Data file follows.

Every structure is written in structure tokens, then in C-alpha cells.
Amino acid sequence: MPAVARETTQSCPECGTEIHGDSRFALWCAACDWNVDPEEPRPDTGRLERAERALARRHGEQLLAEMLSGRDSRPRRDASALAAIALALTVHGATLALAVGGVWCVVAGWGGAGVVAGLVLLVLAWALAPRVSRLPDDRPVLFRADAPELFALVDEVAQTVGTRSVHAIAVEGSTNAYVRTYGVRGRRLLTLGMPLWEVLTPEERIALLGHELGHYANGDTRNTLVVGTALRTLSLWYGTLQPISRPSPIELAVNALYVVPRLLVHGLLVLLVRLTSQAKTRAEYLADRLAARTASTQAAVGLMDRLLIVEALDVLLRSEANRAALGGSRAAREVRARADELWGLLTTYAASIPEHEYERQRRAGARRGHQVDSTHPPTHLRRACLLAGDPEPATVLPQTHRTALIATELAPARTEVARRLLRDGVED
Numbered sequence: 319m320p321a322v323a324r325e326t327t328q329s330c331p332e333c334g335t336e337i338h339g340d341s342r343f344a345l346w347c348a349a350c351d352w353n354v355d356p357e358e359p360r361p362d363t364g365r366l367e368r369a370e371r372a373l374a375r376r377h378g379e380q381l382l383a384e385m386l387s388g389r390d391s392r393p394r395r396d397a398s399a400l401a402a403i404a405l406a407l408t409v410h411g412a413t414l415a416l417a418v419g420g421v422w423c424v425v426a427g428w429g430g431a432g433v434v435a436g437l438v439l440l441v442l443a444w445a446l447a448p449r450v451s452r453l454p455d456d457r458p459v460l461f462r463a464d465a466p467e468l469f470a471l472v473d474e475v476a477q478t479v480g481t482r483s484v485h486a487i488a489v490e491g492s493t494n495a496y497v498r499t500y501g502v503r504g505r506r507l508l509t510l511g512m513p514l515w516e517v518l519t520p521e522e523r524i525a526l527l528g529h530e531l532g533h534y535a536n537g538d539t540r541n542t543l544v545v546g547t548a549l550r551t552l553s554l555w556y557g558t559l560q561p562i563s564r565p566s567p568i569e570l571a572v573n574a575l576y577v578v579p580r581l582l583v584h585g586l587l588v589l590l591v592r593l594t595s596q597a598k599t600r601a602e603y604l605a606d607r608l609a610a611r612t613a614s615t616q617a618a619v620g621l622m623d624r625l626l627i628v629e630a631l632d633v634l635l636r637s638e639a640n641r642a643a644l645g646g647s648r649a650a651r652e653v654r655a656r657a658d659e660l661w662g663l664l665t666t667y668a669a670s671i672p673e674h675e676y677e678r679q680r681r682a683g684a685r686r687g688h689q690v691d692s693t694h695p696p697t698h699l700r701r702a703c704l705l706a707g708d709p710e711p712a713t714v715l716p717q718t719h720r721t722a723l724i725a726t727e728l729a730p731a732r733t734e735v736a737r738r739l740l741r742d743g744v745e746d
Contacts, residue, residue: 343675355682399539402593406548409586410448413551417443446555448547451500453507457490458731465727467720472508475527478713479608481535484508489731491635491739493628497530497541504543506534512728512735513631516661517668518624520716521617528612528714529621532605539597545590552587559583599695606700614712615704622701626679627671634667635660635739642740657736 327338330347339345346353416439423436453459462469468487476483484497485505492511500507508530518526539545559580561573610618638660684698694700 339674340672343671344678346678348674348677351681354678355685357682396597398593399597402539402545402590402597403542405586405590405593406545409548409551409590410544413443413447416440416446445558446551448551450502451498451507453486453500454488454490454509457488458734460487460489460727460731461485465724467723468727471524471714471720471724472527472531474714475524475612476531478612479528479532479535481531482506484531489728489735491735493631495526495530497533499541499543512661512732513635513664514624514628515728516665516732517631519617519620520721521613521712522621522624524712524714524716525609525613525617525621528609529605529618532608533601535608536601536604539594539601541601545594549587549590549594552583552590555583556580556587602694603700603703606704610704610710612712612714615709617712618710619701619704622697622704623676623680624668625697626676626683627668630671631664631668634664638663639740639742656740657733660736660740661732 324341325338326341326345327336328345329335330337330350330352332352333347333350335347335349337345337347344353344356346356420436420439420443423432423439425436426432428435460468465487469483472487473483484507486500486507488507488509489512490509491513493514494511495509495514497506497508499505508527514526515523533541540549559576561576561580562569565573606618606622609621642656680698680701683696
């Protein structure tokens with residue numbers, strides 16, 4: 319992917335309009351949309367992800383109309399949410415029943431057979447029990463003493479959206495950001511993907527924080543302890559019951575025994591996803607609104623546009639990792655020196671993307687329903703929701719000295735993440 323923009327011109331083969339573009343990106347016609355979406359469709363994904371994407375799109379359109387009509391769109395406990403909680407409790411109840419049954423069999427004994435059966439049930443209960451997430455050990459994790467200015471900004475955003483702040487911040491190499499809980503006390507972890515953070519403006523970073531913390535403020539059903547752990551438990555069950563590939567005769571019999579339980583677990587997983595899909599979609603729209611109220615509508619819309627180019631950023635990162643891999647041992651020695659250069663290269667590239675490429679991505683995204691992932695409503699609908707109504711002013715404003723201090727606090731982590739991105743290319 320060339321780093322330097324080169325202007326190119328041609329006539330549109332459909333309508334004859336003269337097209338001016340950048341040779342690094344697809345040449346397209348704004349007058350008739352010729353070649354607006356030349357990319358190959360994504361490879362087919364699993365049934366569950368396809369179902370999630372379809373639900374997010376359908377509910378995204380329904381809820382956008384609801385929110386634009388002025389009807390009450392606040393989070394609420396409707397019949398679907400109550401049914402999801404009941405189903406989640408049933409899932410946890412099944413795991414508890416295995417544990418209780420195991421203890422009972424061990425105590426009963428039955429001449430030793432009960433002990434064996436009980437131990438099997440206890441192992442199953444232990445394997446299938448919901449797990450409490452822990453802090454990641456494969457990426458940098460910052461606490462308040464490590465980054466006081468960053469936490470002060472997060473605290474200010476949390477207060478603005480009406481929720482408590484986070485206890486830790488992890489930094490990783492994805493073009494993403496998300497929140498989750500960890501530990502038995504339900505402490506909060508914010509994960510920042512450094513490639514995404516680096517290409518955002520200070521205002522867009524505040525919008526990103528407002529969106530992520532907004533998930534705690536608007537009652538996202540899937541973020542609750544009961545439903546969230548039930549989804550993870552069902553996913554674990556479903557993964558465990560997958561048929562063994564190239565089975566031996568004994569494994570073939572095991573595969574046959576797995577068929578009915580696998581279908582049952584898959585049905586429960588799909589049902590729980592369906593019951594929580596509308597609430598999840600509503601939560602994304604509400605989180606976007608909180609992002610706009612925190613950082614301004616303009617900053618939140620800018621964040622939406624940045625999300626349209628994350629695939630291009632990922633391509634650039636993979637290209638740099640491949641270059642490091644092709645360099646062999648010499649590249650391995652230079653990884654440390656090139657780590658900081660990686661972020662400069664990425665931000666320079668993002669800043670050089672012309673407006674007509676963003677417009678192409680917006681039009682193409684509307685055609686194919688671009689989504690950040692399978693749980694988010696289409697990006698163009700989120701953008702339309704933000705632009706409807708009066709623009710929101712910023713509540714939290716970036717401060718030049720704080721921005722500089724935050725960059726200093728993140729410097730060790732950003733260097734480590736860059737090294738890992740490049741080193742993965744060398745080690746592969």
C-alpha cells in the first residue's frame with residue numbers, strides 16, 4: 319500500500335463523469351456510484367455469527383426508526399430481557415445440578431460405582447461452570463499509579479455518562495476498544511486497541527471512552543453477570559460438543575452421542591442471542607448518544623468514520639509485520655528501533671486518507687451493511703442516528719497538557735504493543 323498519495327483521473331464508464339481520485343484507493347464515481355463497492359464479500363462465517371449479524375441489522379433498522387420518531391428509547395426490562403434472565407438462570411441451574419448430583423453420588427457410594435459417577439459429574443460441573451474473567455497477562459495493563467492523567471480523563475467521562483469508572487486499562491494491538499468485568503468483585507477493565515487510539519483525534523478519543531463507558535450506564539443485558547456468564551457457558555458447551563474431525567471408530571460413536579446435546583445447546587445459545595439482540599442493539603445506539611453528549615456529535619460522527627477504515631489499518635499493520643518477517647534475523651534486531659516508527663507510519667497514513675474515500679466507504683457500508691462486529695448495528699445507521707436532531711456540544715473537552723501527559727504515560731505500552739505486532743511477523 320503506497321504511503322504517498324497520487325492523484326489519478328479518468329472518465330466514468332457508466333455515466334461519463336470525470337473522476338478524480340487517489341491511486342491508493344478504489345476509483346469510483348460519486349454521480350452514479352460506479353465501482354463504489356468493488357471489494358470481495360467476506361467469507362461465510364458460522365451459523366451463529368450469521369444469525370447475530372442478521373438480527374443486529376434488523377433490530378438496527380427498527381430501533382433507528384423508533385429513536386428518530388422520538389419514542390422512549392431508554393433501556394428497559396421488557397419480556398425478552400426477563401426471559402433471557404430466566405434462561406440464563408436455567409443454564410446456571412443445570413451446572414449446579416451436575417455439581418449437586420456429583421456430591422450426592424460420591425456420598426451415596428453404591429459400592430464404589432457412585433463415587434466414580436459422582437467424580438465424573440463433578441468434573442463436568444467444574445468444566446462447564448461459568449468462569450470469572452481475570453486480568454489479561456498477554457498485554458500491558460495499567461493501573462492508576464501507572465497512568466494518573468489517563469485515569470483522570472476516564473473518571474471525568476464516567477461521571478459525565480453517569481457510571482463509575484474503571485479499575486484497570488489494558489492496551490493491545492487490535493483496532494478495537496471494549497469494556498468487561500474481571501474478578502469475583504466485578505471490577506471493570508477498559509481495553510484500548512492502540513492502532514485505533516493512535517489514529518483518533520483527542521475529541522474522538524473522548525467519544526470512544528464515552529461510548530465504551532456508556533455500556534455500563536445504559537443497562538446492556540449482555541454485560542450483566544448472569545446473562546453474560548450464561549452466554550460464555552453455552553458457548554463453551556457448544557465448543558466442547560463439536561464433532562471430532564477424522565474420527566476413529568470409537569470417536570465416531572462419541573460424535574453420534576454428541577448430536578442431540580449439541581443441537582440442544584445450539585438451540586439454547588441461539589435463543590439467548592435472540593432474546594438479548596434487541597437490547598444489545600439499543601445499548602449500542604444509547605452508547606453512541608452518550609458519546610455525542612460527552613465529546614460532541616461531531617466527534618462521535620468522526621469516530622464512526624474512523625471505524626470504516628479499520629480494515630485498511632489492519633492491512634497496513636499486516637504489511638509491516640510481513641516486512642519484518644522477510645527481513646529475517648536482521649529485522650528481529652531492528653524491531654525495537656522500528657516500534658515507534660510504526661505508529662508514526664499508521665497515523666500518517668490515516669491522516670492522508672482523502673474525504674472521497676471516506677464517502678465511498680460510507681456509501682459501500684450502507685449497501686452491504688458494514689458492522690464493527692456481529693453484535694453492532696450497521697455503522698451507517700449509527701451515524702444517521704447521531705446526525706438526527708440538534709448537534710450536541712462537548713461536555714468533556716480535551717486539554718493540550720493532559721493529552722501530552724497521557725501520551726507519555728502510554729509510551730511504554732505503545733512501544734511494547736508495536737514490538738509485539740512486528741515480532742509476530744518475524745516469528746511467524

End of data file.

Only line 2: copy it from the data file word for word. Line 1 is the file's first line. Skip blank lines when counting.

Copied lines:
Amino acid sequence: MPAVARETTQSCPECGTEIHGDSRFALWCAACDWNVDPEEPRPDTGRLERAERALARRHGEQLLAEMLSGRDSRPRRDASALAAIALALTVHGATLALAVGGVWCVVAGWGGAGVVAGLVLLVLAWALAPRVSRLPDDRPVLFRADAPELFALVDEVAQTVGTRSVHAIAVEGSTNAYVRTYGVRGRRLLTLGMPLWEVLTPEERIALLGHELGHYANGDTRNTLVVGTALRTLSLWYGTLQPISRPSPIELAVNALYVVPRLLVHGLLVLLVRLTSQAKTRAEYLADRLAARTASTQAAVGLMDRLLIVEALDVLLRSEANRAALGGSRAAREVRARADELWGLLTTYAASIPEHEYERQRRAGARRGHQVDSTHPPTHLRRACLLAGDPEPATVLPQTHRTALIATELAPARTEVARRLLRDGVED